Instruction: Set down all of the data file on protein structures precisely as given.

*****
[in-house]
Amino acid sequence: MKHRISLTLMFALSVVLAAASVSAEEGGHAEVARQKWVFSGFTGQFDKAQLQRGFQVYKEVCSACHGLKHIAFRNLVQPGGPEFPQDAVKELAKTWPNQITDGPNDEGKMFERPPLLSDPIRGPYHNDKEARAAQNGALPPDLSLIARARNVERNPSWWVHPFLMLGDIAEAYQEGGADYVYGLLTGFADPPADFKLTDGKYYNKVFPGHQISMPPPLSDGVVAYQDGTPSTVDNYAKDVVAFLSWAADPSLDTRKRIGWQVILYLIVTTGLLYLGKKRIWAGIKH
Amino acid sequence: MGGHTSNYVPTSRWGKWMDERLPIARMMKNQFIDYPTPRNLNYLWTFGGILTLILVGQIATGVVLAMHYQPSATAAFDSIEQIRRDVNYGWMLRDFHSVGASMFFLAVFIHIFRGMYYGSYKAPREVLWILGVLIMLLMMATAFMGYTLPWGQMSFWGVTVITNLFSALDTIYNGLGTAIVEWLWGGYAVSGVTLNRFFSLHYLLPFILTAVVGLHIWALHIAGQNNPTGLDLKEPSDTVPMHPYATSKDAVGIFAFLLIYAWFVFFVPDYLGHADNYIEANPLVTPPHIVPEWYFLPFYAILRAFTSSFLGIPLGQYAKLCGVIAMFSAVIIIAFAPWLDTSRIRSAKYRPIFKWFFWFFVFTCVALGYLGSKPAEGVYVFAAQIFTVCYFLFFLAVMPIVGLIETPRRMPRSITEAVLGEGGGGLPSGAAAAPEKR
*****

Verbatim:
[in-house]
Amino acid sequence: MKHRISLTLMFALSVVLAAASVSAEEGGHAEVARQKWVFSGFTGQFDKAQLQRGFQVYKEVCSACHGLKHIAFRNLVQPGGPEFPQDAVKELAKTWPNQITDGPNDEGKMFERPPLLSDPIRGPYHNDKEARAAQNGALPPDLSLIARARNVERNPSWWVHPFLMLGDIAEAYQEGGADYVYGLLTGFADPPADFKLTDGKYYNKVFPGHQISMPPPLSDGVVAYQDGTPSTVDNYAKDVVAFLSWAADPSLDTRKRIGWQVILYLIVTTGLLYLGKKRIWAGIKH
Amino acid sequence: MGGHTSNYVPTSRWGKWMDERLPIARMMKNQFIDYPTPRNLNYLWTFGGILTLILVGQIATGVVLAMHYQPSATAAFDSIEQIRRDVNYGWMLRDFHSVGASMFFLAVFIHIFRGMYYGSYKAPREVLWILGVLIMLLMMATAFMGYTLPWGQMSFWGVTVITNLFSALDTIYNGLGTAIVEWLWGGYAVSGVTLNRFFSLHYLLPFILTAVVGLHIWALHIAGQNNPTGLDLKEPSDTVPMHPYATSKDAVGIFAFLLIYAWFVFFVPDYLGHADNYIEANPLVTPPHIVPEWYFLPFYAILRAFTSSFLGIPLGQYAKLCGVIAMFSAVIIIAFAPWLDTSRIRSAKYRPIFKWFFWFFVFTCVALGYLGSKPAEGVYVFAAQIFTVCYFLFFLAVMPIVGLIETPRRMPRSITEAVLGEGGGGLPSGAAAAPEKR